Fortunately you already have an AC generator built into your car, the alternator. All you need to do is turn it fast enough to generate electricity. Usually that's done by the car's engine, but you have to get the engine started first.
If you were REALLY smart you'd have brought a jump-starter with a built in battery and just jumped the car with that.
Put it right next to the Chilton's Guide, textbooks, spare gasoline and fluids, spark plugs, fuses, and all the other spare parts you also thought to bring with you before time traveling (or just have in your trunk because you're Ash Williams).
If you're smart, your time traveling car is a manual transmission. It's easier to repair and can be push started. A modest 5 to 10 mph is all that's required, rolling down a shallow hill or getting a few folks from the local inn to push. This provides enough mechanical energy to turn the alternator and generate electricity for the spark plugs to start the gasoline engine. Once the engine is turning, the alternator will charge the battery.
(If you're smart you'd also use a diesel set up to run bio-diesel. If you run out of gas you can use vegetable oil. It also needs no spark plugs, one less thing to go wrong.)
Push starting an automatic is much harder and might be possible around 30-40 mph, but I wouldn't risk irreparable damage to the transmission.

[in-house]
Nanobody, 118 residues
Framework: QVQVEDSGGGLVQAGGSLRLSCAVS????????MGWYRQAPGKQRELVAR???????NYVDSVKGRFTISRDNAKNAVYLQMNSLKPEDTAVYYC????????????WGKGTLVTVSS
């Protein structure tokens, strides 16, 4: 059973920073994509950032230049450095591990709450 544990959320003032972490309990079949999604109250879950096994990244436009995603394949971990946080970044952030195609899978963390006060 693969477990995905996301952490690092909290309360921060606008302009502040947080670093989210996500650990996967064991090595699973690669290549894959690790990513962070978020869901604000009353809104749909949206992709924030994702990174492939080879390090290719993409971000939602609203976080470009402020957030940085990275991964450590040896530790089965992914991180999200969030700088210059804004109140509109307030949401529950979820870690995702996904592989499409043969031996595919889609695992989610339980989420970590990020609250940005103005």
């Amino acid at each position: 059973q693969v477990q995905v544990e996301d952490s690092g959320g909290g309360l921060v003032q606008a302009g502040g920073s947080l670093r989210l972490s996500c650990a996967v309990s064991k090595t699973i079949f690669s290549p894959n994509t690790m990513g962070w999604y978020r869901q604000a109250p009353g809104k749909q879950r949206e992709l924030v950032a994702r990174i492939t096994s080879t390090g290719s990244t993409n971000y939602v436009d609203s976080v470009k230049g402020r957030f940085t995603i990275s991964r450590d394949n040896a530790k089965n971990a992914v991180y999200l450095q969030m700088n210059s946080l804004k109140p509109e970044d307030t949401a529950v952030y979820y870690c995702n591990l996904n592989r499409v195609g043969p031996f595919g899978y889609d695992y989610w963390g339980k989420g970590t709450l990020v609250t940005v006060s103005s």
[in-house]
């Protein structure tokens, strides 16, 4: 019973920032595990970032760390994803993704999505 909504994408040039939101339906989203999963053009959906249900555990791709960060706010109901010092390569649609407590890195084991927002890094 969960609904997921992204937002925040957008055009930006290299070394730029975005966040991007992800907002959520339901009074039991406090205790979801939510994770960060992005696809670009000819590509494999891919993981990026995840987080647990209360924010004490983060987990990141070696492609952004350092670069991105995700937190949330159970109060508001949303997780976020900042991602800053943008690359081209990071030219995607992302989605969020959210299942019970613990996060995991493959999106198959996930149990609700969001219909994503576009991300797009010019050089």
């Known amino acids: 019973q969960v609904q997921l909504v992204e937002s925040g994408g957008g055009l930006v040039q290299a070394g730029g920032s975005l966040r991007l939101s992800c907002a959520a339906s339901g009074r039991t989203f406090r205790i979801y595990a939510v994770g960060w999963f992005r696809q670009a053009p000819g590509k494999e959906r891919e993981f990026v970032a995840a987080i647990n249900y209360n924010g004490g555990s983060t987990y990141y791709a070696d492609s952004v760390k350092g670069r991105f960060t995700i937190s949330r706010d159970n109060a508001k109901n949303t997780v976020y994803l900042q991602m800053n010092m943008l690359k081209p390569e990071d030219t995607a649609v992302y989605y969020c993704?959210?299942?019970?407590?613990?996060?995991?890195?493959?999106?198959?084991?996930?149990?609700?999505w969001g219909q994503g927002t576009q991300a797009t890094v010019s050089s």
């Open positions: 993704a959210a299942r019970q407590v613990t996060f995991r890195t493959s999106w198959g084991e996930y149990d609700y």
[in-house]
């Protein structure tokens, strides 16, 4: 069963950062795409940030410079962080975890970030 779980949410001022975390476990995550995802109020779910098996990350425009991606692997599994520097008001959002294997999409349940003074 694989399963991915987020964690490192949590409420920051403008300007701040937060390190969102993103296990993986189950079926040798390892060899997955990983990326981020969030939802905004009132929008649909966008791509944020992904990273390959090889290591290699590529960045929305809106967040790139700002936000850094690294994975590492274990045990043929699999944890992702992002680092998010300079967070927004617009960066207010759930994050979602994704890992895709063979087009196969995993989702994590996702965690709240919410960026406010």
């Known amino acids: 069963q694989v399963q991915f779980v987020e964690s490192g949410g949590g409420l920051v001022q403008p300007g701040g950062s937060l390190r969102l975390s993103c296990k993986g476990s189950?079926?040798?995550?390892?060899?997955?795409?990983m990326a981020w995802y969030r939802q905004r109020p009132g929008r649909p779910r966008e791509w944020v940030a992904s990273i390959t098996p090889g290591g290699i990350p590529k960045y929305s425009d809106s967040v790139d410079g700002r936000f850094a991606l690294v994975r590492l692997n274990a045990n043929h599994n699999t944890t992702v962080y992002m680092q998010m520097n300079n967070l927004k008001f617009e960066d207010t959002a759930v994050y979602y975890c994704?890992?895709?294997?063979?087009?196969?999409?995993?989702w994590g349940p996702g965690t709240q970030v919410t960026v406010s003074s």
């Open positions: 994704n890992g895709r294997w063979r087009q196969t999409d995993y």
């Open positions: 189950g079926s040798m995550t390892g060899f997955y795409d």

Instead, you'll have to turn the alternator manually. Most alternators need 500 to 1500 RPMs to charge and need less than 1 horse power. This can be done with leather belts (or adapt the ones already in the engine), simple gearing, and some way to get 1 horse power in medieval Europe... perhaps a draft animal, a wind mill, water wheel, some friendly peasants. I guess a horse will work, too.
Getting the RPMs just right isn't very important, any car alternator in the last 50 years will have a voltage regulator.
For payment there are any number of gadgets and tools in a car which would be worth a fortune in medieval Europe. A knife, lighter, calculator, clocks, flashlights, foam padding... even something as simple as a watertight plastic bag, or tiny springs and screws are amazing technology in medieval Europe.